South Africa on 15 July submitted a joint HIV/TB concept note for some $380.5 million in funding, more than half of which is to support prevention interventions specifically targeting key populations including young women and girls, men who have sex with men and people living in disease hot spots. Of this, $142.2 million constitutes an above-allocation request.
Georgia’s concept notes for both HIV and TB are closely reflecting the priorities identified in their national strategic plans, a recent WHO evaluation has found, but must ensure that more interventions focus on improving case detection rates for the two diseases.
The Global Fund that we want: civil society speaks on the need for stronger community-based interventions
More than 120 people gathered on 23-24 June in Bangkok for the Asia-Pacific partnership forum: the second of its kind convened by the Global Fund to solicit voices from civil society and a range of stakeholders to feed into strategy development for the 2017-2021 period.
Despite continued concerns about Malawi’s ability to absorb grant funds, the country will receive an additional $37 million in incentive funding to support its HIV program, bringing the total allocation under the new funding model for this central African nation for all three diseases and health systems strengthening to more than $611 million.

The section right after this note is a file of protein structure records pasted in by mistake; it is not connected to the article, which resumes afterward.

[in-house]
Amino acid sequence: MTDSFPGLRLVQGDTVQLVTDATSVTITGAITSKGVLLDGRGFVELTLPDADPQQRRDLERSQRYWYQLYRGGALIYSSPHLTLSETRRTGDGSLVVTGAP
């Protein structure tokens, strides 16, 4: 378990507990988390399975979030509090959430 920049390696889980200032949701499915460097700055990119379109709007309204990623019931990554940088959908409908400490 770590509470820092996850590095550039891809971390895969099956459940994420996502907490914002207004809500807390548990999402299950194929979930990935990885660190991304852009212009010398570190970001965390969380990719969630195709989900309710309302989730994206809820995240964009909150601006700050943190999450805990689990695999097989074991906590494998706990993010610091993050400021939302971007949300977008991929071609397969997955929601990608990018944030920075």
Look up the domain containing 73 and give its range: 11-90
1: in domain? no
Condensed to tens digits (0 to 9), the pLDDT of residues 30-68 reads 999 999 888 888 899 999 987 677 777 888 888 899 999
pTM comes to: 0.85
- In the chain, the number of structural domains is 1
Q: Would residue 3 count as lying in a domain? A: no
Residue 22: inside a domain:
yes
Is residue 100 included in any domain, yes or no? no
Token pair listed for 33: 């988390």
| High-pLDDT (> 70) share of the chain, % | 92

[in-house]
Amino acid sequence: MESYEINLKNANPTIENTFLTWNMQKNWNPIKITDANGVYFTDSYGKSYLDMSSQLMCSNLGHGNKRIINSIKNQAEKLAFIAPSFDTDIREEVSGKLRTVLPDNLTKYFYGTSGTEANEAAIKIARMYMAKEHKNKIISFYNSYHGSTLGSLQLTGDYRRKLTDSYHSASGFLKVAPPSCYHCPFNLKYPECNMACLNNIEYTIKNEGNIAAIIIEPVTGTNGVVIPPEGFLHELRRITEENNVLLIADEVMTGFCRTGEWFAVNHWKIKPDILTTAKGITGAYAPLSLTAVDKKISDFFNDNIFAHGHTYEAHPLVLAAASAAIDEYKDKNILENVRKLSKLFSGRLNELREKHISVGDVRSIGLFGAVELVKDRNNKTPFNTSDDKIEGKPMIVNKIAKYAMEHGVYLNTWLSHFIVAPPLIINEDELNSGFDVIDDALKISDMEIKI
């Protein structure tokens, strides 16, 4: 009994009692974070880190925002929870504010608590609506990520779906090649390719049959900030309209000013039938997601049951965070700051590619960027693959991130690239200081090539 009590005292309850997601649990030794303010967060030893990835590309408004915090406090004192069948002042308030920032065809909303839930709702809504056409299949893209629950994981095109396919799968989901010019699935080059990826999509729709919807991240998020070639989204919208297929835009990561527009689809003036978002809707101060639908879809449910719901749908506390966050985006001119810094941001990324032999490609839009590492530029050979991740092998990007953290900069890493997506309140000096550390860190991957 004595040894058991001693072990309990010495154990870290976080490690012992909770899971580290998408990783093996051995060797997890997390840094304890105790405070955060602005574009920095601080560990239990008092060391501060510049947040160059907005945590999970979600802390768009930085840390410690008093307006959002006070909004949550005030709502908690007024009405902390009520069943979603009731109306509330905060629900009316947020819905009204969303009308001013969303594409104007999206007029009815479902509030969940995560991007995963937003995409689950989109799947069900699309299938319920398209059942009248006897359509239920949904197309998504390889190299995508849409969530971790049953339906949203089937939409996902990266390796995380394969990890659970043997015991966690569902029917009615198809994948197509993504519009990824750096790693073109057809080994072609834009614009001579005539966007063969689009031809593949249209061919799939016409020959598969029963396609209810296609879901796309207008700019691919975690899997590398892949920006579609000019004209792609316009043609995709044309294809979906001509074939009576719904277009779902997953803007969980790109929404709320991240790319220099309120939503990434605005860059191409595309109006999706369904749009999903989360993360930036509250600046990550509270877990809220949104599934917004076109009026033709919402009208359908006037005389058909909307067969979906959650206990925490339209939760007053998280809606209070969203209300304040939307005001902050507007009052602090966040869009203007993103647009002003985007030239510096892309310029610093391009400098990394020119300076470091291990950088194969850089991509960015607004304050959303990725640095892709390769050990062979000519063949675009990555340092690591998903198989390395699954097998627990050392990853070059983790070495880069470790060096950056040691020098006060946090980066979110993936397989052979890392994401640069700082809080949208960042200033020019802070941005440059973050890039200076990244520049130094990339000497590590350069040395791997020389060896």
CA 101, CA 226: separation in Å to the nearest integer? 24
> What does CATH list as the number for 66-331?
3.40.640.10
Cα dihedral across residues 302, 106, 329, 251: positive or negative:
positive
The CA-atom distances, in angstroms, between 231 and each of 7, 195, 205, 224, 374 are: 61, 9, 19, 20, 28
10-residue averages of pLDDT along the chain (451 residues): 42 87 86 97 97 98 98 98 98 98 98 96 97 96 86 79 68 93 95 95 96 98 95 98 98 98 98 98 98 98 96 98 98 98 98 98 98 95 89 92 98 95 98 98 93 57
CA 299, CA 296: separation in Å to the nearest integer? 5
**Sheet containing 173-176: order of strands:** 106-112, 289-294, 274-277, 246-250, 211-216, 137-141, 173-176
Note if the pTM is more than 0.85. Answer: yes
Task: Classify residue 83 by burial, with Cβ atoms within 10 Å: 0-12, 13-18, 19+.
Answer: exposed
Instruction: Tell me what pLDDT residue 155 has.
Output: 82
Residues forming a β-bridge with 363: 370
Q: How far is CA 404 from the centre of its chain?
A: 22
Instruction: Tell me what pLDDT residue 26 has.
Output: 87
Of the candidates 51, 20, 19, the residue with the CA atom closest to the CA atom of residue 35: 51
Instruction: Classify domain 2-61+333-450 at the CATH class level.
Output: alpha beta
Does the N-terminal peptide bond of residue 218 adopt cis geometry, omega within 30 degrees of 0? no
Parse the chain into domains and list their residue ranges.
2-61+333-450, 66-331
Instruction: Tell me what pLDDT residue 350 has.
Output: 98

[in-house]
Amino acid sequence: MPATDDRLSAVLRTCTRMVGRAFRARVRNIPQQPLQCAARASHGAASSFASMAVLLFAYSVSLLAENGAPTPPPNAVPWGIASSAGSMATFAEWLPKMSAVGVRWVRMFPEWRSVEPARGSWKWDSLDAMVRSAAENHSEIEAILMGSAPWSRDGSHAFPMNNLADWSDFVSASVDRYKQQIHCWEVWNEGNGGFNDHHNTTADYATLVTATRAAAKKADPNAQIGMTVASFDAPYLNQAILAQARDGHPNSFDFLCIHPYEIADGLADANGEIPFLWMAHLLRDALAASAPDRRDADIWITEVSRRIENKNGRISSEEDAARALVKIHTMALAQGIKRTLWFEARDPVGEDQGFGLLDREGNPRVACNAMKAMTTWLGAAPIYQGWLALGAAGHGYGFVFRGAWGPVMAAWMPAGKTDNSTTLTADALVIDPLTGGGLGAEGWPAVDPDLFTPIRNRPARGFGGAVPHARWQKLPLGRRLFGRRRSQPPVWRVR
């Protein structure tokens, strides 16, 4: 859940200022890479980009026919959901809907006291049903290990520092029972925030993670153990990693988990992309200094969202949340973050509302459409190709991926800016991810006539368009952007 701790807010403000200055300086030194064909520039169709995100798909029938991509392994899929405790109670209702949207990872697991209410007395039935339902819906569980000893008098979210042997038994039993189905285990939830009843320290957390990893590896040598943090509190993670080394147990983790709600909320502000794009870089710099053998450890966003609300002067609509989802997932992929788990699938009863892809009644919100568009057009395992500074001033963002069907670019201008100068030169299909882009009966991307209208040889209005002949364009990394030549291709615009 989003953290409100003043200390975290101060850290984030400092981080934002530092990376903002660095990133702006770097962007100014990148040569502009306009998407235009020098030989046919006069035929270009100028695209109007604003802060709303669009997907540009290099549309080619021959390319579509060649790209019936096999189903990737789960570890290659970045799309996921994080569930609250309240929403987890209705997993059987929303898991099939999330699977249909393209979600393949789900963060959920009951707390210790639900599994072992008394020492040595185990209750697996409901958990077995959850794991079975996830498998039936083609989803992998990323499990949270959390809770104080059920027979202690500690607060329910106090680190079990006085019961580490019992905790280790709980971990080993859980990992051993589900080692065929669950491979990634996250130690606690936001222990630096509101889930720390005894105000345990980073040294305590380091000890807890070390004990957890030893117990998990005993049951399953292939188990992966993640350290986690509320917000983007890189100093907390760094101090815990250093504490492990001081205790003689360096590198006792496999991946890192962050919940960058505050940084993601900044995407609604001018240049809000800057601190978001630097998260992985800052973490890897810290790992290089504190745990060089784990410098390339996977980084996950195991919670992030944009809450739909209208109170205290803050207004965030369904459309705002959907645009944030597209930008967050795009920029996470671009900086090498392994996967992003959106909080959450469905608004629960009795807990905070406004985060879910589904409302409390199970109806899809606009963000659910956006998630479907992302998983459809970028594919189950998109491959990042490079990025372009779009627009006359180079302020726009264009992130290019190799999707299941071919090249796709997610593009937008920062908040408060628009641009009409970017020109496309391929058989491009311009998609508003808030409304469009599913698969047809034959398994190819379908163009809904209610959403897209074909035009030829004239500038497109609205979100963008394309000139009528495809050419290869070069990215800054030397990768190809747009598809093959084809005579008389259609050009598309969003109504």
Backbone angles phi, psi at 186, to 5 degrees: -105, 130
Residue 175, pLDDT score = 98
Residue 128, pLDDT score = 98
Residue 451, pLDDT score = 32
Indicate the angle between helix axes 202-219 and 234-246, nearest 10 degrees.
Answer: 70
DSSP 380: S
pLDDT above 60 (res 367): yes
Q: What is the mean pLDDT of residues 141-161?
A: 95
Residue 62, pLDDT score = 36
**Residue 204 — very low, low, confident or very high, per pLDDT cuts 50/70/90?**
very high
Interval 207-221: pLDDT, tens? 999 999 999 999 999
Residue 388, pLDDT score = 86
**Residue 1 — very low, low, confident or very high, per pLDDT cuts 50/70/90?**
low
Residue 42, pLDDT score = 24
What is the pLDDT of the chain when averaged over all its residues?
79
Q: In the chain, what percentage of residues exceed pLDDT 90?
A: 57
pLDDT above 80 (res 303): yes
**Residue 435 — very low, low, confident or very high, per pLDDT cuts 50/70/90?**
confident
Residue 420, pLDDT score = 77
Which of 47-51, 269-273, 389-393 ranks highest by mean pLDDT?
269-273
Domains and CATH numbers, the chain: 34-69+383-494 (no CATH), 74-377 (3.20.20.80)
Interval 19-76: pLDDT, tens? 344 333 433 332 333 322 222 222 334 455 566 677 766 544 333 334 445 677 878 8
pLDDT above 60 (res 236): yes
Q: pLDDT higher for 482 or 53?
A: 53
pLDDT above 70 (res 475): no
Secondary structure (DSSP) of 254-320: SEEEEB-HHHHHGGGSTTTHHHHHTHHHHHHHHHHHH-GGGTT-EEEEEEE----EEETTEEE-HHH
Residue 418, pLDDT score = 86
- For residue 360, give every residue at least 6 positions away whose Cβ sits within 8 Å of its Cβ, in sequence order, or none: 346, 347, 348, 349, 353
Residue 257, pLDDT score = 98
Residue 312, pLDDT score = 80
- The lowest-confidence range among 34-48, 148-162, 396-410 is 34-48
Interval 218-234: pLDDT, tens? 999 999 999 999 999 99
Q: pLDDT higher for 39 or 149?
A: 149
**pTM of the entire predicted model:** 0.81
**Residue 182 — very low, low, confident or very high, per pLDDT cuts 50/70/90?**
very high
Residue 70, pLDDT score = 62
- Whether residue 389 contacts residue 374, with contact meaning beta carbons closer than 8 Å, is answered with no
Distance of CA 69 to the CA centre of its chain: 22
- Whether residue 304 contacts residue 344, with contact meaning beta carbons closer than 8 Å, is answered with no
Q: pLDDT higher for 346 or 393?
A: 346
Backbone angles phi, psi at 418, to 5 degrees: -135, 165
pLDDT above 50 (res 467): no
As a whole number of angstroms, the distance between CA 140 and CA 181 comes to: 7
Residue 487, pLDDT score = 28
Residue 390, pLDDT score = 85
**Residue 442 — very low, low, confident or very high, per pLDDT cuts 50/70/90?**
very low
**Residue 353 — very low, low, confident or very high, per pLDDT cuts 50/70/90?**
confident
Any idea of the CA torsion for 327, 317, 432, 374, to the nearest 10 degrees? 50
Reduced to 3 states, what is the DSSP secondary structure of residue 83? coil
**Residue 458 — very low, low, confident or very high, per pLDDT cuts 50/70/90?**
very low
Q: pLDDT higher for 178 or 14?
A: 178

Papua New Guinea has signed a $14.2 million grant with the Global Fund under the new funding model that emphasizes outreach and targeted prevention messages for key populations, as well as continuing service delivery even to the most remote areas in the Pacific nation.
The Open Health Institute (OHI) is close to choosing the 26 sub-recipients to implement activities under the $11-million HIV grant awarded to Russia under the new funding model. Implementation of activities specifically targeting key populations should begin in July following their selection.
New funding model early applicant Zimbabwe submitted a $40.2 million request for incentive funding on 18 May, seeking additional financial support for interventions that specifically target people under age 24: the fastest growing demographic group in sub-Saharan Africa for new HIV infections.
In many parts of the world, the HIV epidemic has a new face: the face of a young person. The promise of the next generation could be dramatically restricted without smart, targeted investments in reaching these young people, particularly adolescent girls and young key populations. While the Global Fund has made young people a priority in its narrative, this has yet to translate into meaningful engagement at the country level.
At around 11:30 every morning, Chiku begins her work day. Carefully gathering her syringes and needles, she'll work steadily preparing doses for her clients -- all of whom wait inside her tin-roofed shack in the slum known as Nigeria: one of Nairobi, Kenya's toughest neighborhoods. The money she earns will be enough to pay her rent, and feed her own heroin habit.
The Global Fund will seek to recover some $116,000 in misused funds from Tajikistan attributed to improper procurement practices by a government sub-recipient of an HIV grant managed by the UN Development Program.